Sport Lions Tour

Tuesday 21 November 2017

Comment: Forget about 'heroic' Lions - the real guts were shown by the man in the middle

New Zealand All Blacks' Sonny Bill Williams (R) is shown the red card by referee Jerome Garces (L) beside captain Kieran Read during the second rugby union Test between the British and Irish Lions and the New Zealand All Blacks in Wellington on July 1, 2017. / AFP PHOTO / Marty MELVILLEMARTY MELVILLE/AFP/Getty Images
New Zealand All Blacks' Sonny Bill Williams (R) is shown the red card by referee Jerome Garces (L) beside captain Kieran Read during the second rugby union Test between the British and Irish Lions and the New Zealand All Blacks in Wellington on July 1, 2017. / AFP PHOTO / Marty MELVILLEMARTY MELVILLE/AFP/Getty Images
Will Slattery

Will Slattery

A stonewall red? Not if you were to take your lead from the officiating team's reaction - bar the head man - who collectively suffered a medical emergency known as simultaneous tongue swallowing.

Conor Murray had obviously taken lessons from his easily agitated half-back partner during the week because it was the scrum-half's energetic remonstrations that first tipped off the viewer that foul play had occurred just after the 20 minute mark.

The replay confirmed it - All Black Sonny Bill Williams, who made his name with bursting shoulder charges in rugby league, had significantly transgressed by applying the same technique in union.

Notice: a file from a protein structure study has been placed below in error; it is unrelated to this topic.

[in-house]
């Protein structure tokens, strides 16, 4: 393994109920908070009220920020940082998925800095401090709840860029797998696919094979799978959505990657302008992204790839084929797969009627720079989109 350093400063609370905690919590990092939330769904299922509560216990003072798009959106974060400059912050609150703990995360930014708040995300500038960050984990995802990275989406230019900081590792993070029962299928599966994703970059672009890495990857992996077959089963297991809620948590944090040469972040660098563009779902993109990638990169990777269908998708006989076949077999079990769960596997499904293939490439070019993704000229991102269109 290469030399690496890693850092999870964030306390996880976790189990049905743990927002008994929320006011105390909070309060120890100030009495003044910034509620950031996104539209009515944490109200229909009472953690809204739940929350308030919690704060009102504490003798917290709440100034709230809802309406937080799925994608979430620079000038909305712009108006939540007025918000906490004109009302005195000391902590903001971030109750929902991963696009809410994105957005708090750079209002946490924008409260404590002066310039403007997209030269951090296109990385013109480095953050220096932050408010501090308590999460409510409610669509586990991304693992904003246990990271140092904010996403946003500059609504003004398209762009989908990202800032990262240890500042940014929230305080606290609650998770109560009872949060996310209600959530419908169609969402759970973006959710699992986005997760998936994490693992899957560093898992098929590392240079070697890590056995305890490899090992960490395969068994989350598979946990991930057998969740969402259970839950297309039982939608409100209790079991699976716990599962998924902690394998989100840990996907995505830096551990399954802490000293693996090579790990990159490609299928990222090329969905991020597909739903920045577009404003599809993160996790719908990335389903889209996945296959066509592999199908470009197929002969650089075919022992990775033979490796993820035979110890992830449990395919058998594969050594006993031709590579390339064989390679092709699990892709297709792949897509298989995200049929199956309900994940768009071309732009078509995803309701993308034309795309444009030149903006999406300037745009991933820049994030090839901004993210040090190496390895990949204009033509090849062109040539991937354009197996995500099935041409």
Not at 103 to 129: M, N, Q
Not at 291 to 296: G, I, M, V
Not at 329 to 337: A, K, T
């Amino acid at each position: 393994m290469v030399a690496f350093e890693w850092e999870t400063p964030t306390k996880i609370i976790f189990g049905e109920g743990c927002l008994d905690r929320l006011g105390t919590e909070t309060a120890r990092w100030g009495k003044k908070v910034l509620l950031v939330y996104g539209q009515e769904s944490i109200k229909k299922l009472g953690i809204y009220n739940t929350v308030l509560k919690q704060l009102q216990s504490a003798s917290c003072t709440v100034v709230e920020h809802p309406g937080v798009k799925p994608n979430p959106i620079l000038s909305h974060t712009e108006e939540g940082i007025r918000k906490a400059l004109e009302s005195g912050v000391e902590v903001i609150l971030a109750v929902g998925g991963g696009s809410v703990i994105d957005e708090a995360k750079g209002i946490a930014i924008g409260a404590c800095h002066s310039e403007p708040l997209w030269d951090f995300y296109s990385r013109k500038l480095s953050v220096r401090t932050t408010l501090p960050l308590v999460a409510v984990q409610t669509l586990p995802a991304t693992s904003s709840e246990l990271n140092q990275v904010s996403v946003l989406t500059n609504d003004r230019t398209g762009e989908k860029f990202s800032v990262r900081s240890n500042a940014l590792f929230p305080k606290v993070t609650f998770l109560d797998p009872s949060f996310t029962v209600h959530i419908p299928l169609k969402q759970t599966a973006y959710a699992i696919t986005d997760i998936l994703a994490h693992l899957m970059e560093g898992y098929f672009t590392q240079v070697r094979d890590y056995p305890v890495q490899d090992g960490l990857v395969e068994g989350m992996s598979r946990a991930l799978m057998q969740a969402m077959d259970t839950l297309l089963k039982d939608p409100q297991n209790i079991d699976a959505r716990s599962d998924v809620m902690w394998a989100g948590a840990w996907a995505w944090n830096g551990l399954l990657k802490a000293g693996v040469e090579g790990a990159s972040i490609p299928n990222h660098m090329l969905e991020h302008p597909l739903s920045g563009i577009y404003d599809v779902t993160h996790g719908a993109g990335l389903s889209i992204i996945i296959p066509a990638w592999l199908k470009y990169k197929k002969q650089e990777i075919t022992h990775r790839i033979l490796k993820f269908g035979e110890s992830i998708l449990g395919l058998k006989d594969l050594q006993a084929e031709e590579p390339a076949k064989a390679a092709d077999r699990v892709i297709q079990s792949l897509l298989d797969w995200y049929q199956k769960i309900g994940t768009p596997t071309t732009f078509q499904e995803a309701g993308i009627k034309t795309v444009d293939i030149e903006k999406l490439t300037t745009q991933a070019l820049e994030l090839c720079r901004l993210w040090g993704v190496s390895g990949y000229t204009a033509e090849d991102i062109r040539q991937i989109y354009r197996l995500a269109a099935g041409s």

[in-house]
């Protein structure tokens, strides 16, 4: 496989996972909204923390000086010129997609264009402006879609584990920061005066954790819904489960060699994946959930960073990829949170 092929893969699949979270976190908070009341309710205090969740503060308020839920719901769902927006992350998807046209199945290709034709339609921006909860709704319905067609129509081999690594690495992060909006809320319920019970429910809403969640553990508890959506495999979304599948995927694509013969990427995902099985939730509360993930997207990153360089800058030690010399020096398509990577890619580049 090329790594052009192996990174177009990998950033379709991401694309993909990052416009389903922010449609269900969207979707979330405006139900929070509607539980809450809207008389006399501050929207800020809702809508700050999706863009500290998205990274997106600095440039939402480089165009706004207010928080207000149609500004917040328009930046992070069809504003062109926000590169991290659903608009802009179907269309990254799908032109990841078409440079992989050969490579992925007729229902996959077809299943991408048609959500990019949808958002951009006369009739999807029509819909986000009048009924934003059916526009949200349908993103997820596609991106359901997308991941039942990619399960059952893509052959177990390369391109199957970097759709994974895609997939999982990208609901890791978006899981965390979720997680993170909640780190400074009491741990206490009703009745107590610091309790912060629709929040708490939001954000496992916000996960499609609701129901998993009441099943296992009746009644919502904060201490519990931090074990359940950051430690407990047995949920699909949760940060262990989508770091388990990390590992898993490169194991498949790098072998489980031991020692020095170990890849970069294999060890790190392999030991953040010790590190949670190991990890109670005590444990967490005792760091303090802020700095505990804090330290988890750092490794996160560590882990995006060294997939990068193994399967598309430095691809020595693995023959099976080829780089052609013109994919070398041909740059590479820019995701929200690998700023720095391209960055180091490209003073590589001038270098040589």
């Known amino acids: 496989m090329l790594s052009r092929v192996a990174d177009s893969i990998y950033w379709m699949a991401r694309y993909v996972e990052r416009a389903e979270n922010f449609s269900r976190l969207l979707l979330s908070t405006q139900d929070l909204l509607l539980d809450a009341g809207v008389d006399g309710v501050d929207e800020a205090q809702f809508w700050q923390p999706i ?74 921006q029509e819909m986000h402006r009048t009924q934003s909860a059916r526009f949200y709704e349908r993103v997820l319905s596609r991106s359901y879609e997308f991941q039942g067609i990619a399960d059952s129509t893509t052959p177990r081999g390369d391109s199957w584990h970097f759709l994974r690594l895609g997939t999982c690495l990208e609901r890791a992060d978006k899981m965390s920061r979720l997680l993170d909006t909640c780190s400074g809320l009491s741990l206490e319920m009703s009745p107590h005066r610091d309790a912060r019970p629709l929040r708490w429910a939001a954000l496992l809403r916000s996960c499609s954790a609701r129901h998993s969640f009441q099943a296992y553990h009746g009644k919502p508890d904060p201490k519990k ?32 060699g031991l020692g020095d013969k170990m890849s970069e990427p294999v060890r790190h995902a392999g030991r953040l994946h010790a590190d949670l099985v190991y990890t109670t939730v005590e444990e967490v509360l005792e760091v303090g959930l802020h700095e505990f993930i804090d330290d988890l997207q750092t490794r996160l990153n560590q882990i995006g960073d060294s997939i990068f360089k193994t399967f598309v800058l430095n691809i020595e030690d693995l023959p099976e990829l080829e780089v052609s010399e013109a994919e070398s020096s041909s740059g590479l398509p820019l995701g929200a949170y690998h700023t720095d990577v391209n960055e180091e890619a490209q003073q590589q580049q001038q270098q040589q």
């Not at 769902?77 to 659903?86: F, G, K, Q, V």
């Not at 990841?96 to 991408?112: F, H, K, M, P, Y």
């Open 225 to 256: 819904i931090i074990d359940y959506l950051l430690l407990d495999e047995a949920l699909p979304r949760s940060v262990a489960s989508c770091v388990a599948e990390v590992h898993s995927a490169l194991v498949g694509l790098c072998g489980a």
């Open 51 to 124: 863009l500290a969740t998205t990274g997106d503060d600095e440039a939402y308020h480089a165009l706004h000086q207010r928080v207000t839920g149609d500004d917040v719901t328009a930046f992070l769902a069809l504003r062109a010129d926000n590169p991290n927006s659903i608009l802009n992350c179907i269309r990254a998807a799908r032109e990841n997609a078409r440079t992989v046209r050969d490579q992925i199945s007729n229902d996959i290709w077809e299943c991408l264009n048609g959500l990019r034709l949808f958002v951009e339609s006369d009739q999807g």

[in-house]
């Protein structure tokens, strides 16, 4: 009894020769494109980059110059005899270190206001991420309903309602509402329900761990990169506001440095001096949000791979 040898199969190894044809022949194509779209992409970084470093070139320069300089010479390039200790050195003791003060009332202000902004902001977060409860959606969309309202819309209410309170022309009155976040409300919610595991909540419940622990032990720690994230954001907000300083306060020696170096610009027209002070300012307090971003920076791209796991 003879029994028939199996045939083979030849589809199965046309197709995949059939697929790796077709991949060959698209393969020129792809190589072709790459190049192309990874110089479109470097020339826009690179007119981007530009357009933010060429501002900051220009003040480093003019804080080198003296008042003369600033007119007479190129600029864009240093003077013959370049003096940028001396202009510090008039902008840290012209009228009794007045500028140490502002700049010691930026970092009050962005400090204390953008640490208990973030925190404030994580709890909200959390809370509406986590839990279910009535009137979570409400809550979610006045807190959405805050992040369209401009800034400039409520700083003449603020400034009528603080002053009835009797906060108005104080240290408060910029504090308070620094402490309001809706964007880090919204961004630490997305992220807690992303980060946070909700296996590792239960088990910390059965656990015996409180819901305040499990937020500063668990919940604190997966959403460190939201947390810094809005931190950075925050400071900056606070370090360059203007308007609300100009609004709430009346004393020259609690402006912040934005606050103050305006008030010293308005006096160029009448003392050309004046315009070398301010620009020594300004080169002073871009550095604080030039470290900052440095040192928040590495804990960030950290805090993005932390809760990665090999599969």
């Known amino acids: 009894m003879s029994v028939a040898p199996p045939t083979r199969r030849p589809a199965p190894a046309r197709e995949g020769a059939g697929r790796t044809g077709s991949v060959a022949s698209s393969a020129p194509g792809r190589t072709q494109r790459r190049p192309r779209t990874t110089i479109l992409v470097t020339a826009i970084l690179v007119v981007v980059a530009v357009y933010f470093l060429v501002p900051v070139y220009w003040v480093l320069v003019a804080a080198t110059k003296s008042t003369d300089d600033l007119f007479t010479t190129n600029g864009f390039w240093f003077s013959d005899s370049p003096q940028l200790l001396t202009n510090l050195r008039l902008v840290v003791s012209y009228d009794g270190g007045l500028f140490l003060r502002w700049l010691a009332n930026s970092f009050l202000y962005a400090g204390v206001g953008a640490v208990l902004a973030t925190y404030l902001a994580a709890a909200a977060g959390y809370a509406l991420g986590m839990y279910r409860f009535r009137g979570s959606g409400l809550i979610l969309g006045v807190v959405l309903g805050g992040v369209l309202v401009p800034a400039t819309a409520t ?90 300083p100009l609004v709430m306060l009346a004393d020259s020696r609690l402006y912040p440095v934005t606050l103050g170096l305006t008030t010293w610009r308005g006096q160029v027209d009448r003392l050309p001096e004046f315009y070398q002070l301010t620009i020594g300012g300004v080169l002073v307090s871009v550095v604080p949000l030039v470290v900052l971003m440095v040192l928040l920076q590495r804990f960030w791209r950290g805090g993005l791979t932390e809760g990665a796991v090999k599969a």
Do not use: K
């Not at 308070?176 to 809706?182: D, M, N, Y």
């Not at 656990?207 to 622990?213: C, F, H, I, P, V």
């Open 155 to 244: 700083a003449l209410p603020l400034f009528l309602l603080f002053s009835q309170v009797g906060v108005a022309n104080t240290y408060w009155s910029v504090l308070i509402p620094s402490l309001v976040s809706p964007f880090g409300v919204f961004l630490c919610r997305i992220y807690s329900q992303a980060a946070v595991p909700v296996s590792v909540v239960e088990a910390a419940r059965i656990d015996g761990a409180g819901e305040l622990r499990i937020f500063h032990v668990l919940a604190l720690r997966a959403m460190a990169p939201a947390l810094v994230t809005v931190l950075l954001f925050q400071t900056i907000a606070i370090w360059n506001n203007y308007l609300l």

His shoulder connected with the head of the helpless Anthony Watson as the Lions wing went to ground with the score balanced at 3-3. Sky commentator Stuart Barnes initially said yellow while the TMO was consulted, before realising that the near decapitation probably merited a stronger sanction.

The hope for the Lions entering the second test was that French referee Jerome Garces would be tougher on the All Blacks than the overly chummy first test official, South African Jaco Peyper, whose leniency knows no bounds.

Garces, who correctly issued a red card to Keith Earls for a tip tackle in the first game after Anthony Foley's death, which required immense courage given the emotional atmosphere, wasn't cowed by the wailing Wellingtonians who pleaded for Williams' clemency.

The Frenchman immediately peppered his TMO conversation with the word 'red', before turning to his two linesmen, Peyper and compatriot Romain Poite, to reiterate his view that Williams' shoulder charge warranted the strictest punishment.

The best way to highlight the guts shown by Garces to take the nuclear option of sending off an All Black for just the third time ever, and the first time in 50 years, is to measure the decibel level that emanated from the mouths of the touch judges.

The Wellington air was peepless.

They were there to do a job, but apparently assisting the referee in adjudicating on the biggest decision in a Lions test series since Luke Fitzgerald almost had his eye popped out of its socket by Schalke Burger in 2009 wasn't one of them.

The only offering, from Peyper, was to somewhat inaudibly give what sounded to be a mitigating reason as to why Williams should escape with a yellow.

Garces was having none of it, quickly cutting him off before turning on his heels to hand the All Black his punishment.

Over 55 minutes of rugby - 18 of which were pulsating - followed, and no doubt the Lions will be hailed as heroes for their match-winning comeback, but the guts shown by the match official is the most noteworthy moment from a test match littered with standout memories.

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